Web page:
BCG Rounds 2 & 3 and Other Updates - 5 November 2012

 It's been almost 3 weeks since my final BCG treatment of the last maintenance series, and I have been remiss in updating the blog with data and details.  I must emphasize that moderating my fluid intake and adding Gatorade as an electrolyte replacement has made an enormous difference in dealing with the side effects.  My "drink more, then drink more still" strategy definitely created more problems with electrolyte loss than it solved by flushing the bladder.  I target about 1.5 - 2 quarts of fluid (black tea at room temperature for me) per hour after the first two hours to continue until major symptoms cease - sometimes well after the 6 hour special handling period.  I intersperse mouthfuls of Gatorade beginning at about 3 hours after instillation, targeting about 2 quarts of Gatorade consumed across the time period.  I also sip a little more Gatorade during the night, and pound down at least half a quart upon arising the next day.   Net result is lower symptoms, lower duration, and less total discomfort.  I no longer need to plot a "misery index,"  as the net misery is now less than it has been for the past 2 years.

I found Round #2 to be about the same as last year, and, after making some adjustments in timing and amount of Gatorade, found Round #3 to be EASIER than last year.  Keep in mind that the reduced symptoms may be due to the short interval (5 days between #2 and #3), or due to my adjustments, or both.  In any case I am glad it's over and I am fully recovered just 2 weeks later - much sooner than ever before.  The detailed results are found in the charts below, not for the squeamish!  The corresponding tables from the previous round last year (and the year prior) may be found HERE.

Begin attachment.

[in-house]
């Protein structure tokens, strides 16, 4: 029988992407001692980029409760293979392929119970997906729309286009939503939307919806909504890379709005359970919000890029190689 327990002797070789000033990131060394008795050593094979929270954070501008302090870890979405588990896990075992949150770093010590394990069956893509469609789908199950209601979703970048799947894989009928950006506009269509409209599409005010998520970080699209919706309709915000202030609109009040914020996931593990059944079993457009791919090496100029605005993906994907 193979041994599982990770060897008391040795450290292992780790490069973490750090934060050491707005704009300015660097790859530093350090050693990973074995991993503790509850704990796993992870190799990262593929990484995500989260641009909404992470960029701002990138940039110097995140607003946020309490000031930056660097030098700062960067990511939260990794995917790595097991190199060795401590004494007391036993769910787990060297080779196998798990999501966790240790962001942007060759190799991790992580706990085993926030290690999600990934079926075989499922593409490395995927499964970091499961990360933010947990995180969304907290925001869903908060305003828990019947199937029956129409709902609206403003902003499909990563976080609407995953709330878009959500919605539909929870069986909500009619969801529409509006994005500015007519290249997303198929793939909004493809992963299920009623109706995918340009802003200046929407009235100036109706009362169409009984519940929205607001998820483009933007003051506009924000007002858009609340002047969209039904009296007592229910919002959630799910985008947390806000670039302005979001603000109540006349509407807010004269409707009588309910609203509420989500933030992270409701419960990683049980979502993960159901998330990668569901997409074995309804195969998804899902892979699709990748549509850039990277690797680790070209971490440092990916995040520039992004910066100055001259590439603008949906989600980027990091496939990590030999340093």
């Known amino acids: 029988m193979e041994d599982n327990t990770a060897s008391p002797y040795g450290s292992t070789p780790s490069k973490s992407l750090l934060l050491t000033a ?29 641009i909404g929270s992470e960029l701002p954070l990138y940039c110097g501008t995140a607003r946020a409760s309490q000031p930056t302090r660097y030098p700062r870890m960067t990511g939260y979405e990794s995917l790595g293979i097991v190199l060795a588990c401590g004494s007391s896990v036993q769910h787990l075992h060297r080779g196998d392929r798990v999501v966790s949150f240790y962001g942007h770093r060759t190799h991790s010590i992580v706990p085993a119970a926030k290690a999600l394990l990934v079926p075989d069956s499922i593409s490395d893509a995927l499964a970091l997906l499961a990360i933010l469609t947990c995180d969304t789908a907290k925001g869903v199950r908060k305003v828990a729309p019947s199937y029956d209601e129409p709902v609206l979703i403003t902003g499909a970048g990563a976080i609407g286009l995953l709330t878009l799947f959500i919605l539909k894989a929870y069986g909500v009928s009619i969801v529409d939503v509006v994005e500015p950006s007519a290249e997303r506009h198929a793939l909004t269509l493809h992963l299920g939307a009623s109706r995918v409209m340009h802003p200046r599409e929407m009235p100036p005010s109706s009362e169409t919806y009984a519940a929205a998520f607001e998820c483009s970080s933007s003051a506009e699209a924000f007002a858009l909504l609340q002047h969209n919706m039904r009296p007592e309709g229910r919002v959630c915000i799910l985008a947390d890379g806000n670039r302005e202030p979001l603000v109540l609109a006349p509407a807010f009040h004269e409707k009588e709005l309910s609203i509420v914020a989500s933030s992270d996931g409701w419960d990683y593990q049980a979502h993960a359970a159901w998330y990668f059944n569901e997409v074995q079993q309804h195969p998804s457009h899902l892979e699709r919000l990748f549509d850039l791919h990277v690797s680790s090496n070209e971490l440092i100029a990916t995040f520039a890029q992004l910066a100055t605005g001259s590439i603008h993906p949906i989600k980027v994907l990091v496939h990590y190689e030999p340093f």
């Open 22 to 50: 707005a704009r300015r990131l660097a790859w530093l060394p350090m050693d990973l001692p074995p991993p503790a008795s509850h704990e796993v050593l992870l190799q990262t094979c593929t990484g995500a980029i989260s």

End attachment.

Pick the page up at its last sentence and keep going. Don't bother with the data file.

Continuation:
BCG Round 2 of 3 - Click to Enlarge
BCG Round 3 of 3 - Click to Enlarge

During the final two treatments I was joking with Dr. Hopkins about skipping one.  Much to my surprise, he said that he was not fully convinced it was necessary to continue maintenance further.  I asked about high grade cases like mine, but he was not prepared to go into details.  Instead we scheduled an office visit in 6 months (April 2013) for him to review my case, updated PSA blood test, and the terrible DRE check of the prostate growth.  He has noted over the last 4 years that my prostate has been getting larger, but not too concerned because of low PSA.  I suppose at that time we will discuss the merits of continuing BCG maintenance.  Dr. Lamm is most insistent about doing maintenance BCG, but he proceeds at far smaller doses (down to 10% or 1% of a normal dose), while I have held steady at 33%.  Not sure where this will go, but I think I will proceed next October with another maintenance series, if for no better reason than my insurance will cover it, perhaps for the final time.  Dr. Hopkins also mentioned possibly doing only one or two rather than three doses.  Dr. Lamm demands 3 doses, although at the lower concentrations.  

I suppose we shall see on April 16.  Seems an appropriate day - after getting financially raped by the IRS on April 15, I will get physically molested by the doctor a day later.  It's amazing what we pay governments and doctors to do to us...

Click to Enlarge

BCG Maintenance Series 7 - First Round - 8 October 2012